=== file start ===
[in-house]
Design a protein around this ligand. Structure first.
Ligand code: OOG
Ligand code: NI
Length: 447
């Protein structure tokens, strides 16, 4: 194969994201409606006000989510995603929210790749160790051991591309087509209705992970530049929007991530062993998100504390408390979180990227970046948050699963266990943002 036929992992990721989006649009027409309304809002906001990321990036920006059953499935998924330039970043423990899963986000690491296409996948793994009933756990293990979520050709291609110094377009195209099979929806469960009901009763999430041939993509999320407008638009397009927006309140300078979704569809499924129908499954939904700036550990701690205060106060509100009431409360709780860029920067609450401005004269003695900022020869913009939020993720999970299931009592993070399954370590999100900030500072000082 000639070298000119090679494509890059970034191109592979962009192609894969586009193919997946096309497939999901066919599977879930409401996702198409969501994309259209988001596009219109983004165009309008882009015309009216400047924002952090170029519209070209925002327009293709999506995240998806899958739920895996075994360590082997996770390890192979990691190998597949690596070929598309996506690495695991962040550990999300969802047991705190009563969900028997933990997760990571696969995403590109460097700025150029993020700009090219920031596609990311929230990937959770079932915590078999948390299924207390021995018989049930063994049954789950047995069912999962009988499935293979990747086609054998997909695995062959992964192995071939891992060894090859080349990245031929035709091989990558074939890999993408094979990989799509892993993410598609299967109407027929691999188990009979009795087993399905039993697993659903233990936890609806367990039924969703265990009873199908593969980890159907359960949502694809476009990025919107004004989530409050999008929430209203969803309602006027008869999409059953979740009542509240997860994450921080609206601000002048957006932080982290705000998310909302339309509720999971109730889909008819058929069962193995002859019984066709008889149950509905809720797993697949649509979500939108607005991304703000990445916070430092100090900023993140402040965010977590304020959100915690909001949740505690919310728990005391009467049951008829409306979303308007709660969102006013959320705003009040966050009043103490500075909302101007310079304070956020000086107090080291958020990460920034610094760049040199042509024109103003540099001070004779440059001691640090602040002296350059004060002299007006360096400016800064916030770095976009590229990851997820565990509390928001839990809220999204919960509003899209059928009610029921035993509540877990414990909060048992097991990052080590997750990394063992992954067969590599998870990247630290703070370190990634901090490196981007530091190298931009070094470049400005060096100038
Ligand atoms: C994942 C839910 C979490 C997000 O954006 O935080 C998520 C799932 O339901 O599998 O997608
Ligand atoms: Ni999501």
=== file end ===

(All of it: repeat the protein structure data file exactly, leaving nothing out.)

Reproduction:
[in-house]
Design a protein around this ligand. Structure first.
Ligand code: OOG
Ligand code: NI
Length: 447
């Protein structure tokens, strides 16, 4: 194969994201409606006000989510995603929210790749160790051991591309087509209705992970530049929007991530062993998100504390408390979180990227970046948050699963266990943002 036929992992990721989006649009027409309304809002906001990321990036920006059953499935998924330039970043423990899963986000690491296409996948793994009933756990293990979520050709291609110094377009195209099979929806469960009901009763999430041939993509999320407008638009397009927006309140300078979704569809499924129908499954939904700036550990701690205060106060509100009431409360709780860029920067609450401005004269003695900022020869913009939020993720999970299931009592993070399954370590999100900030500072000082 000639070298000119090679494509890059970034191109592979962009192609894969586009193919997946096309497939999901066919599977879930409401996702198409969501994309259209988001596009219109983004165009309008882009015309009216400047924002952090170029519209070209925002327009293709999506995240998806899958739920895996075994360590082997996770390890192979990691190998597949690596070929598309996506690495695991962040550990999300969802047991705190009563969900028997933990997760990571696969995403590109460097700025150029993020700009090219920031596609990311929230990937959770079932915590078999948390299924207390021995018989049930063994049954789950047995069912999962009988499935293979990747086609054998997909695995062959992964192995071939891992060894090859080349990245031929035709091989990558074939890999993408094979990989799509892993993410598609299967109407027929691999188990009979009795087993399905039993697993659903233990936890609806367990039924969703265990009873199908593969980890159907359960949502694809476009990025919107004004989530409050999008929430209203969803309602006027008869999409059953979740009542509240997860994450921080609206601000002048957006932080982290705000998310909302339309509720999971109730889909008819058929069962193995002859019984066709008889149950509905809720797993697949649509979500939108607005991304703000990445916070430092100090900023993140402040965010977590304020959100915690909001949740505690919310728990005391009467049951008829409306979303308007709660969102006013959320705003009040966050009043103490500075909302101007310079304070956020000086107090080291958020990460920034610094760049040199042509024109103003540099001070004779440059001691640090602040002296350059004060002299007006360096400016800064916030770095976009590229990851997820565990509390928001839990809220999204919960509003899209059928009610029921035993509540877990414990909060048992097991990052080590997750990394063992992954067969590599998870990247630290703070370190990634901090490196981007530091190298931009070094470049400005060096100038
Ligand atoms: C994942 C839910 C979490 C997000 O954006 O935080 C998520 C799932 O339901 O599998 O997608
Ligand atoms: Ni999501």